Picture from the October 29, 1998 Post-Gazette: Turzai apologizes to U.S. Rep. Klink for misconduct by campaign workers. Candidates' trickery catches the eyes of opponent’s days before election. Mike Turzai finishes his apology to applause from his wife, Lidia, and supporters yesterday.

Monday, January 17, 2011

North Hills Elections - County Edition


Do you know anyone who is running for local political office in the North Hills? Please let me know.

When I started this blog my hope was to focus on local elected officials and local political races. While last year, the political process dictated that I focus on the Elections that were held in November that didn't include any municipal offices.

Here is the list of the political Elections at the county level in the North Hills for 2011:

County Executive

Current: Dan Onorato (announced he will not seek re-election)

Possible Challengers: Dems: Mark Patrick Flaherty, Rich Fitzgerald, Michael Lamb Rep: Jan Rea, Jim Roddy, Eileen Watt, Barbara McNees, Mary Beth Buchanan, Melissa Hart, Patricia Weever


Current: Mark Patrick Flaherty

Possible Challengers: Chelsa Wagner, Matt Smith, Nick Kotik, Valerie McDonald Roberts, Brian O'Malley, George Matta, Brenda Frazier

District Attorney

Current: Stephen Zappala

Possible Challengers: ?


Current: John Weinstein

Possible challengers: ?

County Council

At-Large (countywide, one Republican, one Democrat)


Current: John Defazio

Possible Challengers: ?


Current: Chuck McCollough

Challengers: Heather Heidelbaugh, Tom Baker

Council District 2

Current: Jan Rea

Possible Challengers: Sharon Brown, Brad Cline,

Court of Common Pleas [At least two seats will be up for election. The recently appointed judge (Michael Marmo) still must win during the next municipal election]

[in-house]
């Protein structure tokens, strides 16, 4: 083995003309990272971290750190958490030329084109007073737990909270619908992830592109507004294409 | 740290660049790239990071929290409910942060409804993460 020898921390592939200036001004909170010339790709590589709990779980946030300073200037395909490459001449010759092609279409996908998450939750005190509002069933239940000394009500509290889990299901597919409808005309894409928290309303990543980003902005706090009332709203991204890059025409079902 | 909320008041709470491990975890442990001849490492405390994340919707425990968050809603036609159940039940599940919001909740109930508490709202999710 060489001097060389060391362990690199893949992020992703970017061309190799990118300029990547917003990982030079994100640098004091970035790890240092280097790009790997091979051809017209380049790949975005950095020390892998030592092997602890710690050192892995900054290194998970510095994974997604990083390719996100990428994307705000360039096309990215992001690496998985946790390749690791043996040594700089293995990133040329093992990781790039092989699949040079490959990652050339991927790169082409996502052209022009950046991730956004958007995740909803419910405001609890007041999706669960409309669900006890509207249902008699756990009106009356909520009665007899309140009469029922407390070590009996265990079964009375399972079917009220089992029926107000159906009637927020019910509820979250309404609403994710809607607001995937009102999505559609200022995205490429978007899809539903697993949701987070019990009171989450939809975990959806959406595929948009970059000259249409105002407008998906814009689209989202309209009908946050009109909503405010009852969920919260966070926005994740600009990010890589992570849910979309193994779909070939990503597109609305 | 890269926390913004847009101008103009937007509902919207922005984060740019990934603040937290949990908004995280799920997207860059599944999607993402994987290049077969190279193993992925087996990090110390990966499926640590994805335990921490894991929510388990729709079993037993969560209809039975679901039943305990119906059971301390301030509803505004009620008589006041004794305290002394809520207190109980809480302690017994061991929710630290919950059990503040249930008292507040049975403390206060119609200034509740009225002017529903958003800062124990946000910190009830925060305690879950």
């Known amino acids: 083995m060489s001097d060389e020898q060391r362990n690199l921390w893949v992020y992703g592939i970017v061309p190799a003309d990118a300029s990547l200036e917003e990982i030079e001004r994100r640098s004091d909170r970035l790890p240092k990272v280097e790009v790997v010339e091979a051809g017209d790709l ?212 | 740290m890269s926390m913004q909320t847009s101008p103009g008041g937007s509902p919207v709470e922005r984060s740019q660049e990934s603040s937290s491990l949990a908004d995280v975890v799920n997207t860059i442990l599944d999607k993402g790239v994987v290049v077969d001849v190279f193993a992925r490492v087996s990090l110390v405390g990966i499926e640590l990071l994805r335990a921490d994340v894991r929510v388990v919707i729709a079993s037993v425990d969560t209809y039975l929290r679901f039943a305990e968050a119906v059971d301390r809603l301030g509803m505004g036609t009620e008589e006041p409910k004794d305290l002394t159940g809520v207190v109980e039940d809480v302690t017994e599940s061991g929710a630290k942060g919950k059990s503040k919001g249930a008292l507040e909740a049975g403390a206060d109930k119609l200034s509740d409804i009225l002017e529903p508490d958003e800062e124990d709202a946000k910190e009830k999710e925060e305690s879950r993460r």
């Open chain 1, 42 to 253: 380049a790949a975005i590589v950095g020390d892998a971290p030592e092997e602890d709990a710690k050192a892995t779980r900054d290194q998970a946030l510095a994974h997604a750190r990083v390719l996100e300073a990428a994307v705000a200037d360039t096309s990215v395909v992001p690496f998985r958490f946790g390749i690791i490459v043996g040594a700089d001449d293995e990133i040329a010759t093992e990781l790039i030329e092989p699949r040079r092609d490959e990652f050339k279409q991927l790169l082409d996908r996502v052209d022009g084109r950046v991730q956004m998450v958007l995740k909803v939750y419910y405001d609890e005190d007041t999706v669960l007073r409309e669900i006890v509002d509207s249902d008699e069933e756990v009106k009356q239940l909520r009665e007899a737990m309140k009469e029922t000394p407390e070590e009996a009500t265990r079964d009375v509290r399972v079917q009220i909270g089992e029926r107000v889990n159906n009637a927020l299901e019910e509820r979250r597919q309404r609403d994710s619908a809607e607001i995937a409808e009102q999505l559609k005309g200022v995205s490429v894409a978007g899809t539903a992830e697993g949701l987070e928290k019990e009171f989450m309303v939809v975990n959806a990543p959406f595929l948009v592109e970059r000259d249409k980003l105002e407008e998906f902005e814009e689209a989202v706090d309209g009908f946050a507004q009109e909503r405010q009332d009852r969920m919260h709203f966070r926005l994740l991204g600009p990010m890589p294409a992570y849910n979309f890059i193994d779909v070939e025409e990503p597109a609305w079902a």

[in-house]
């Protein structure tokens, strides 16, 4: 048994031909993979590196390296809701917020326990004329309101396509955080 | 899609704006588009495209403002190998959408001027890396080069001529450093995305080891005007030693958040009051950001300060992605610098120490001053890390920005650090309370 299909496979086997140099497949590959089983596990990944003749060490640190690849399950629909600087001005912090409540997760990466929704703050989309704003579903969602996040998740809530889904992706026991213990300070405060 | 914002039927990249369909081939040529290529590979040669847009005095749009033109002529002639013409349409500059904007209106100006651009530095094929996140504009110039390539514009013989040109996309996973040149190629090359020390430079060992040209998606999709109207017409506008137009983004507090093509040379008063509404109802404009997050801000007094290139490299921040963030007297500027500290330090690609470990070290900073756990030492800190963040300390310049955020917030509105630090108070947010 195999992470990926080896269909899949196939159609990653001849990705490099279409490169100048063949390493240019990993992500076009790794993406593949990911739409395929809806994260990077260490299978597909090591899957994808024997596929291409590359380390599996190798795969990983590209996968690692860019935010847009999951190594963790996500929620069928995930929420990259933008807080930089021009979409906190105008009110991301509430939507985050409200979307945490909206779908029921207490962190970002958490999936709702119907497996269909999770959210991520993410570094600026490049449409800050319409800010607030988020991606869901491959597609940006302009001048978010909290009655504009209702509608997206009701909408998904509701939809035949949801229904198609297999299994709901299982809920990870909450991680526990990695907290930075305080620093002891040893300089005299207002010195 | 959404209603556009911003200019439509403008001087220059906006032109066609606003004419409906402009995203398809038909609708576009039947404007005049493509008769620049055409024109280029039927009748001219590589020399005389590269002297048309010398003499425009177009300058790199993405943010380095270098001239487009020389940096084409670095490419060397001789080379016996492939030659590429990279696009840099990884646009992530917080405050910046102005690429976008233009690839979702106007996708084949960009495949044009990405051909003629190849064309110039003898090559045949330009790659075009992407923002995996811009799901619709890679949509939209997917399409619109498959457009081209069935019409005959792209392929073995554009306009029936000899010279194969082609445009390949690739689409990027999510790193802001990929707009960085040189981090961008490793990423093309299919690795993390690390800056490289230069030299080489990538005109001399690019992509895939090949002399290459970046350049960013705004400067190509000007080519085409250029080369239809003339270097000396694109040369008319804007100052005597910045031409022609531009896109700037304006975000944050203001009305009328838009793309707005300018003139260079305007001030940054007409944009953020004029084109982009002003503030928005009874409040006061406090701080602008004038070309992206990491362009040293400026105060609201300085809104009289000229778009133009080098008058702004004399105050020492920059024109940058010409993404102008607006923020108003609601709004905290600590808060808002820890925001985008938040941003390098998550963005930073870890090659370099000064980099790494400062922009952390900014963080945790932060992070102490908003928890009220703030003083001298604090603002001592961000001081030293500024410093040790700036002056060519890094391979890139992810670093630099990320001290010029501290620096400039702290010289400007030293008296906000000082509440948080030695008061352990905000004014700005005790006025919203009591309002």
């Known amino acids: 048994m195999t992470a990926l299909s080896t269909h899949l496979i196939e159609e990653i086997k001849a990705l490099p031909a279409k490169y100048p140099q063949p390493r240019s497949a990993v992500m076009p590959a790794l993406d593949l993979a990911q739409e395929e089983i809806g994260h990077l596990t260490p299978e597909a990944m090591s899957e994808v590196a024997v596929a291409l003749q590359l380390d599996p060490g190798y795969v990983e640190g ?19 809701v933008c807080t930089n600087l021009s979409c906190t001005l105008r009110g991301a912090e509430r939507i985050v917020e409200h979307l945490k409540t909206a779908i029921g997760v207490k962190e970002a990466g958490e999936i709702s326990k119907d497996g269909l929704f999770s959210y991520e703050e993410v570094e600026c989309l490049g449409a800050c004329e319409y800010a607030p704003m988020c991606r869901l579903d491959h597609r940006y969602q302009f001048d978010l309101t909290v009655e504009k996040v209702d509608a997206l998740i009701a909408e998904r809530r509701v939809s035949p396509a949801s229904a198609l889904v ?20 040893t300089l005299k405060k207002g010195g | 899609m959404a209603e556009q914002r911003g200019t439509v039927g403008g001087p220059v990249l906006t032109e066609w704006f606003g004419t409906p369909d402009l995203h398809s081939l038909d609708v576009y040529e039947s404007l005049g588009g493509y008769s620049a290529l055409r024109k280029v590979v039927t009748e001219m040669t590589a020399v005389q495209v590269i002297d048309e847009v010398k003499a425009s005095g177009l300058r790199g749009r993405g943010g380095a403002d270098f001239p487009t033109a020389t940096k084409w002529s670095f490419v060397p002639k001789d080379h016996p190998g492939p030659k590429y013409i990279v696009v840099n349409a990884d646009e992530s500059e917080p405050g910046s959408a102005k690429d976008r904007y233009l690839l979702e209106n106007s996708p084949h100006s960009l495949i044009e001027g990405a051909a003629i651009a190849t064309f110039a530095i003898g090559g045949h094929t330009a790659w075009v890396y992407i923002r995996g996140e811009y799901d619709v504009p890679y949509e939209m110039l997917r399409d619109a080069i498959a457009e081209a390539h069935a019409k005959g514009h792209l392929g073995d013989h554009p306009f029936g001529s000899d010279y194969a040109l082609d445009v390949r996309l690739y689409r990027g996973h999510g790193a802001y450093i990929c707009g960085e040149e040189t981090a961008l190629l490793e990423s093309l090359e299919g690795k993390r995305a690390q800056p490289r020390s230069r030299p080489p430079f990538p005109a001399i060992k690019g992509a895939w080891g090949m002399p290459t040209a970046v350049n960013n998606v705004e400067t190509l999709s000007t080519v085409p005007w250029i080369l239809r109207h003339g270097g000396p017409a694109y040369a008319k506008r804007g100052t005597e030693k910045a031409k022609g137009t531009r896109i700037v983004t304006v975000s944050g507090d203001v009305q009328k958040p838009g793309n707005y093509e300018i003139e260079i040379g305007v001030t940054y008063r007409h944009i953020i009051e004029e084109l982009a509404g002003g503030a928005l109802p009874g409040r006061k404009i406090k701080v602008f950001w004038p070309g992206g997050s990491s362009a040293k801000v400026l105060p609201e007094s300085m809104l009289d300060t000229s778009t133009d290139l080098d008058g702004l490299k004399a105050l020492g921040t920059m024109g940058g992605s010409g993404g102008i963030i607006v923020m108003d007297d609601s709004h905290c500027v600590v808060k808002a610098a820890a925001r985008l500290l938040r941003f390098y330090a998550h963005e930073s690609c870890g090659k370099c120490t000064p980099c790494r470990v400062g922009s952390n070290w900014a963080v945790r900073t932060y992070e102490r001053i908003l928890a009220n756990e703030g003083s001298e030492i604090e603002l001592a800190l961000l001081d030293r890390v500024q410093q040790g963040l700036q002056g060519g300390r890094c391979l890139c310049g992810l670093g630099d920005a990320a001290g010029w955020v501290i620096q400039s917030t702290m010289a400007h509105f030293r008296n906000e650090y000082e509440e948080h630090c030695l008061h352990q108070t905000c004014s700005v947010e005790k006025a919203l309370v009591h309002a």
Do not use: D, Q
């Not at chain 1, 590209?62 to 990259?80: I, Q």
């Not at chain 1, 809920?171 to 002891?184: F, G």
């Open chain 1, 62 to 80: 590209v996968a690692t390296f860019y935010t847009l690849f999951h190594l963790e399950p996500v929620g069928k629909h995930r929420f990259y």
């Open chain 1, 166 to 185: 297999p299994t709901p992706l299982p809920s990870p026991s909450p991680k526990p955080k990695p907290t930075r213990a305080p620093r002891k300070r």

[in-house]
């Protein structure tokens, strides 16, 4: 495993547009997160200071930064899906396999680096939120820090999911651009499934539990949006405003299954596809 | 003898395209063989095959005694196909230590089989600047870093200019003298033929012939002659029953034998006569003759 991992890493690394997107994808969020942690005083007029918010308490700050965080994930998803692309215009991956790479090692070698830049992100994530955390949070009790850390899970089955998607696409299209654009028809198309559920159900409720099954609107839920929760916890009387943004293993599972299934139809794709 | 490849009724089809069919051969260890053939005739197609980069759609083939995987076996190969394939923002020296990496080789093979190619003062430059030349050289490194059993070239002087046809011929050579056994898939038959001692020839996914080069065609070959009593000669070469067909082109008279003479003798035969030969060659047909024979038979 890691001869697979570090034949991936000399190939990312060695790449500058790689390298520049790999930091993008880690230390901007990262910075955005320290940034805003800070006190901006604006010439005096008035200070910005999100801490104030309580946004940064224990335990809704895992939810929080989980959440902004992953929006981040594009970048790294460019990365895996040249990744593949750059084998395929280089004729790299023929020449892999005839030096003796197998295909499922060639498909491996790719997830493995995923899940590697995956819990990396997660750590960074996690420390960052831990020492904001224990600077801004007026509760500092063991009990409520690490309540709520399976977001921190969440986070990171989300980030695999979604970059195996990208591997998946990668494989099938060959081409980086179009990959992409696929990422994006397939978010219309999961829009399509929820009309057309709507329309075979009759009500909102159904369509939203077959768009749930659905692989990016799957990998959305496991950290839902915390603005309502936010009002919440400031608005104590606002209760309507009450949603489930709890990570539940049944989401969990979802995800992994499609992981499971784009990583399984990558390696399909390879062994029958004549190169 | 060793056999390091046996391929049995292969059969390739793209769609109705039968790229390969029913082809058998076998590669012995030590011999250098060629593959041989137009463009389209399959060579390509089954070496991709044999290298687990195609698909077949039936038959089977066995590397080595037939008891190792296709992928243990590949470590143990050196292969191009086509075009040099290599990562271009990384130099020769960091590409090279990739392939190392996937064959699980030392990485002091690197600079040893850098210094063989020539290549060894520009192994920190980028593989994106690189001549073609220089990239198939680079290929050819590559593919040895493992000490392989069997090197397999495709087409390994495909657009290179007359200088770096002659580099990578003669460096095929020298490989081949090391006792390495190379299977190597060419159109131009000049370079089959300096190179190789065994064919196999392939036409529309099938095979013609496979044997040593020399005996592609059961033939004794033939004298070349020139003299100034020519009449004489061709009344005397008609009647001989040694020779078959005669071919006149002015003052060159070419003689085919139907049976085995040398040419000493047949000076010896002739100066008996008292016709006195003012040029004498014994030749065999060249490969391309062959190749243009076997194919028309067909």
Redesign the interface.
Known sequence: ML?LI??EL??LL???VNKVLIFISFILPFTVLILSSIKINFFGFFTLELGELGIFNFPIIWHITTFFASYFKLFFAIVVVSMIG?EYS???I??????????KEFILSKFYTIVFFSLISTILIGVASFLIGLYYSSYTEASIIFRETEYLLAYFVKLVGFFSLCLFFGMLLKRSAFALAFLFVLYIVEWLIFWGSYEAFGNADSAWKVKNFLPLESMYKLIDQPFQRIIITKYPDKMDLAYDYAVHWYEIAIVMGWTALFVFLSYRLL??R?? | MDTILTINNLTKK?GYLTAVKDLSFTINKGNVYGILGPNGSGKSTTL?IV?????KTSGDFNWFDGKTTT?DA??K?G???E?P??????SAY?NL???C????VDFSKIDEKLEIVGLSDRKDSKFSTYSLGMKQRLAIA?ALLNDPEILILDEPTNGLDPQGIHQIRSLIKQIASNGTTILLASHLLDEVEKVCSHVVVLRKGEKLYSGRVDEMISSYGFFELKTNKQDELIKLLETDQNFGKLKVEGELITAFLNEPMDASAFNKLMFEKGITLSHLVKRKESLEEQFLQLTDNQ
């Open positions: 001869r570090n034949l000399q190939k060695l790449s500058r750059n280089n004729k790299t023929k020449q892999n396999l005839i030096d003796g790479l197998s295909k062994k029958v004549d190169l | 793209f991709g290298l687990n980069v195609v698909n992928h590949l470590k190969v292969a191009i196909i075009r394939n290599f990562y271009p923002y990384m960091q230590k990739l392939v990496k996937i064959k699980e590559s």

Current: Michael Marmo

Possible Challengers: Alex Bicket, Leah Williams-Duncan, Carolyn Bengel, Jeffrey Eisenberg, Joseph Luvara, Hugh McGough, Michele Zappala Peck, Jennifer Satler, Michael Sherman

Saturday, January 15, 2011

*UPDATED* Why does everyone want to be Allegheny County Controller?

With the almost announcement that Mark Patrick Flaherty will be running for County Executive no matter what decision Dan Onorato makes, a slew of candidates have been named as possible candidates for a position that doesn’t seem that desirable.

What does the County Controller do anyway? Here is the position according to the Allegheny County website:

The Controller is the chief elected fiscal officer of Allegheny County and provides general supervision and control of the County's fiscal activities.

The Controller has the responsibility to prescribe and maintain the accounting systems of the County and the authority to conduct audits of all County expenditures and offices. The Controller is the final, independent check on the fiscal activities of the executive and legislative branches of County government, as well as the independently elected row offices.

The Controller’s Office is comprised of the Accounting Division, Asset Management and Tax Lien Division, Auditing Division, Weights and Measures Division and the Information Systems Division.

According to the League of Women voters the county controller is paid a $65,500 salary.

I figured that based on the salary and perceived lack of ‘real’ power that this isn’t a position that people line up to run for. However, I have been proven wrong over the last few days.

Here’s the breakdown (so far):